SDL and TRADOS integration? Two products in one?

spiros · 1 · 2939

spiros

  • Administrator
  • Hero Member
  • *****
    • Posts: 813099
    • Gender:Male
  • point d’amour
In July 2005 SDL acquired Trados, becoming the largest supplier of software solutions intended to support a global content value chain. We recently spoke with Keith Mills, SDL's chief technologist, and Terry Lawlor, VP of marketing, to hear about SDL's plan for melding the software offerings of the two firms to support its vision of enabling global information management across an enterprise or supply chain. SDL aspires to offer language services plus a globalization technology backbone that extends from the desktop to the data center. When CEO Mark Lancaster announced the acquisition in June, he committed to a five-year grace period during which the company would support both SDL and Trados product lines as they worked toward integrating the two.
      
 
SDL Will Begin Shipping a Unified Product Line in 2005          

As a result of the acquisition, SDL has 50 offices around the globe. It claims more than 100,000 end-user licenses, most of them for translation memory, with Trados outpacing SDLX two-to-one. Installations of SDL’s three translation workflow systems – Trados GXT, Trados TeamWorks, and SDL Translation Management System (TMS) – account for more than 100 enterprise installations. Now that he has had a chance to roll up his sleeves and review what SDL bought, Mills told us that he is pleased with Trados’ features and architecture. We discussed each of the sectors in which SDL fields a product offering and the integration plans for each.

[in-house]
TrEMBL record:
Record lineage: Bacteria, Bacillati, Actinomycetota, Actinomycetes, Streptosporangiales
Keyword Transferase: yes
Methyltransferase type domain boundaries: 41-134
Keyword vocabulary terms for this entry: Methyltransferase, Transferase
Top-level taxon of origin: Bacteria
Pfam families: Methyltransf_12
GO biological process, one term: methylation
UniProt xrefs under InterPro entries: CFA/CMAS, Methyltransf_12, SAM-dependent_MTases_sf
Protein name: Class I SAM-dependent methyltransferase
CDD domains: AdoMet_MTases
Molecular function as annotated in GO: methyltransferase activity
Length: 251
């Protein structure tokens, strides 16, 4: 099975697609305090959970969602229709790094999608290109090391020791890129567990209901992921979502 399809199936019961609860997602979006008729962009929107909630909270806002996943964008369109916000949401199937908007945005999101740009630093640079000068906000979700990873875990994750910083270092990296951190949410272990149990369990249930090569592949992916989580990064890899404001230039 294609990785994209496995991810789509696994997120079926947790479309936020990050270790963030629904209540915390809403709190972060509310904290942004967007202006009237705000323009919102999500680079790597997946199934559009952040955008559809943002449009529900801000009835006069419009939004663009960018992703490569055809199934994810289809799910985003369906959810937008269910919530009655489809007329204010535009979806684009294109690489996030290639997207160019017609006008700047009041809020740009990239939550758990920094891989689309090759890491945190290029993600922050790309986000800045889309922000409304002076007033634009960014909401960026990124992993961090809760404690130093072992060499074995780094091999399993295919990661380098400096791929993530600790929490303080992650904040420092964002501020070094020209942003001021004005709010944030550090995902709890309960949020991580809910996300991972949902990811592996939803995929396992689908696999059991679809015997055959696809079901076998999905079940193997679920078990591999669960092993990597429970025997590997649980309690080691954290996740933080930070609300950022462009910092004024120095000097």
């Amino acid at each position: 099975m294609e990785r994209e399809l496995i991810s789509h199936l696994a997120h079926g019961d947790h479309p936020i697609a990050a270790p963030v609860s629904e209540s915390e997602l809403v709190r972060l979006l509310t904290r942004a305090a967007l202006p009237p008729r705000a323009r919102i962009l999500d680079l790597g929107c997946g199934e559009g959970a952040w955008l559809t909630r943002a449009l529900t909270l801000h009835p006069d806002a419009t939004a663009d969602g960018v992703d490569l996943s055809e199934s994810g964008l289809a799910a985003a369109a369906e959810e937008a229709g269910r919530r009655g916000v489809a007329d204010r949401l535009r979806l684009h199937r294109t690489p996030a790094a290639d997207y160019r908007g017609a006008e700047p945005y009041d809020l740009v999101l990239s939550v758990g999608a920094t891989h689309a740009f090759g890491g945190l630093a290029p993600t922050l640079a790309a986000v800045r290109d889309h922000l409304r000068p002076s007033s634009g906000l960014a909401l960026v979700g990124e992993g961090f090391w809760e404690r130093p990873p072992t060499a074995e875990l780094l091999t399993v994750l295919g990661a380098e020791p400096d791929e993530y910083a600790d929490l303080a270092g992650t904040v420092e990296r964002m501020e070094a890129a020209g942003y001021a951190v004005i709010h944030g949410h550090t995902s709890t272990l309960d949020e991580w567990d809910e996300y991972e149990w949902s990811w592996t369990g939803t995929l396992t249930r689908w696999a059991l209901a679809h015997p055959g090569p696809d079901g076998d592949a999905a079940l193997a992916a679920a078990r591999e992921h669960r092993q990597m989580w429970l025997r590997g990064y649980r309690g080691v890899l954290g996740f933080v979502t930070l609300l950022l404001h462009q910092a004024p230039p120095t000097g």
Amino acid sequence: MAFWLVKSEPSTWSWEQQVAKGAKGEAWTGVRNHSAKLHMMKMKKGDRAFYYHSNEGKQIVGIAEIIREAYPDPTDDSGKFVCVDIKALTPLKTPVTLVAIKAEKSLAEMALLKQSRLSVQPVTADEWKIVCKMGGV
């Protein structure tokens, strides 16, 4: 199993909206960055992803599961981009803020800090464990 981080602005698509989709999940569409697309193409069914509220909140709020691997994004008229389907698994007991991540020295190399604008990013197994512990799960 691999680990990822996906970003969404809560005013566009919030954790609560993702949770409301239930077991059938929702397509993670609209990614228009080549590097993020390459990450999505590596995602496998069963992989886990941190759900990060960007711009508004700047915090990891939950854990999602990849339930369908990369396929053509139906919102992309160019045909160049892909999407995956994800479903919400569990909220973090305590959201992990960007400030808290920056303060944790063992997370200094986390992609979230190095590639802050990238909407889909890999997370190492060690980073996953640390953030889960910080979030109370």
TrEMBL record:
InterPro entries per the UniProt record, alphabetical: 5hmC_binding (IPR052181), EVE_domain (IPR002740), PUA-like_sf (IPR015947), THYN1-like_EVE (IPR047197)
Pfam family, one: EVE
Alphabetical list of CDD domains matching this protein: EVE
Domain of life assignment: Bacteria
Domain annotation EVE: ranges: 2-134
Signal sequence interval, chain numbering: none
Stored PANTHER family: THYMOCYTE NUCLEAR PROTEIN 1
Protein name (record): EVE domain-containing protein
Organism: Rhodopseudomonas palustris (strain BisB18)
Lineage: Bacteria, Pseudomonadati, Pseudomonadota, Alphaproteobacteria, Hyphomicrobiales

Translation memory. By year’s end SDL will release interoperability versions of SDLX 2005 and Trados 7 to demonstrate integration progress. The still separate products will share Trados file filters, integrate Trados MultiTerm, add SDL’s Intermediate Translation Document (ITD) support to Trados 7, and improve TMX support between the two products. Besides sharing features, SDL will focus on improving round trips and the user interface. In late 2006 Mills plans a new desktop platform that he promises will be more than just taping the products together. While innovation tops his list, his main concern is that neither SDLX nor Trados customers lose any data in the transition.

      Our take: Preserving client investment will keep current customers happy, but too much caution could create a window for another software vendor to target SDL and Trados users with fear, uncertainty, doubt, and a strong TMX-based conversion story. This rival could go after the 90 percent of translators not using TM today – with no legacy shackles restraining its innovation.

      Terminology management. The November release of MultiTerm 7.1 will unify SDL’s TermBase and MultiTerm, with the Trados architecture winning out over the home team’s offering but with Mills saying that there is room for improvement in usability. Based on a relational database, the unified version will feature an improved online offering, deeper Unicode, better Word support, and searching of multiple termbases. To ease the transition for its own users, SDL may layer a TermBase interface over MultiTerm. Mills told us that he will swap out Trados’ search in favor of Phrase Finder – a component of SDL’s Knowledge-based Translation System (KbTS) – where possible.